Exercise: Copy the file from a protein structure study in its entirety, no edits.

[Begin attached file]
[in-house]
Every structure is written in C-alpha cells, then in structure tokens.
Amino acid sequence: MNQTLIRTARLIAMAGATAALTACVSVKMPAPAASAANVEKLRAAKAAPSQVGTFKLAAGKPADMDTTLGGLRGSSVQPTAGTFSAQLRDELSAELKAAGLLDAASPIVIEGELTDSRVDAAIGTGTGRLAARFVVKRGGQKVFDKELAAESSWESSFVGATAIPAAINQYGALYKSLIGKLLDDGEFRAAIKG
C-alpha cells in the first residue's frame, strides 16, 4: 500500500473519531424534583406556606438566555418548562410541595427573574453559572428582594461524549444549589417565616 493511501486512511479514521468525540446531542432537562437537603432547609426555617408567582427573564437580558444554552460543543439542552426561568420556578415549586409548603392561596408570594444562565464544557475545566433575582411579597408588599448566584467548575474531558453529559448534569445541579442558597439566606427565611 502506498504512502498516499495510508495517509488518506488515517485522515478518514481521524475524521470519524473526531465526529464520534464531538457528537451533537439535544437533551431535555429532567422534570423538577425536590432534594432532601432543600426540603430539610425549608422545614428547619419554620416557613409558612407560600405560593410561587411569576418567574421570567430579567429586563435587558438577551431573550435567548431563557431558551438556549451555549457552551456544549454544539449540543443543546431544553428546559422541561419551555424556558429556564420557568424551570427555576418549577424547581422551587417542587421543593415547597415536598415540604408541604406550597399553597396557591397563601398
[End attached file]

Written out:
[in-house]
Every structure is written in C-alpha cells, then in structure tokens.
Amino acid sequence: MNQTLIRTARLIAMAGATAALTACVSVKMPAPAASAANVEKLRAAKAAPSQVGTFKLAAGKPADMDTTLGGLRGSSVQPTAGTFSAQLRDELSAELKAAGLLDAASPIVIEGELTDSRVDAAIGTGTGRLAARFVVKRGGQKVFDKELAAESSWESSFVGATAIPAAINQYGALYKSLIGKLLDDGEFRAAIKG
C-alpha cells in the first residue's frame, strides 16, 4: 500500500473519531424534583406556606438566555418548562410541595427573574453559572428582594461524549444549589417565616 493511501486512511479514521468525540446531542432537562437537603432547609426555617408567582427573564437580558444554552460543543439542552426561568420556578415549586409548603392561596408570594444562565464544557475545566433575582411579597408588599448566584467548575474531558453529559448534569445541579442558597439566606427565611 502506498504512502498516499495510508495517509488518506488515517485522515478518514481521524475524521470519524473526531465526529464520534464531538457528537451533537439535544437533551431535555429532567422534570423538577425536590432534594432532601432543600426540603430539610425549608422545614428547619419554620416557613409558612407560600405560593410561587411569576418567574421570567430579567429586563435587558438577551431573550435567548431563557431558551438556549451555549457552551456544549454544539449540543443543546431544553428546559422541561419551555424556558429556564420557568424551570427555576418549577424547581422551587417542587421543593415547597415536598415540604408541604406550597399553597396557591397563601398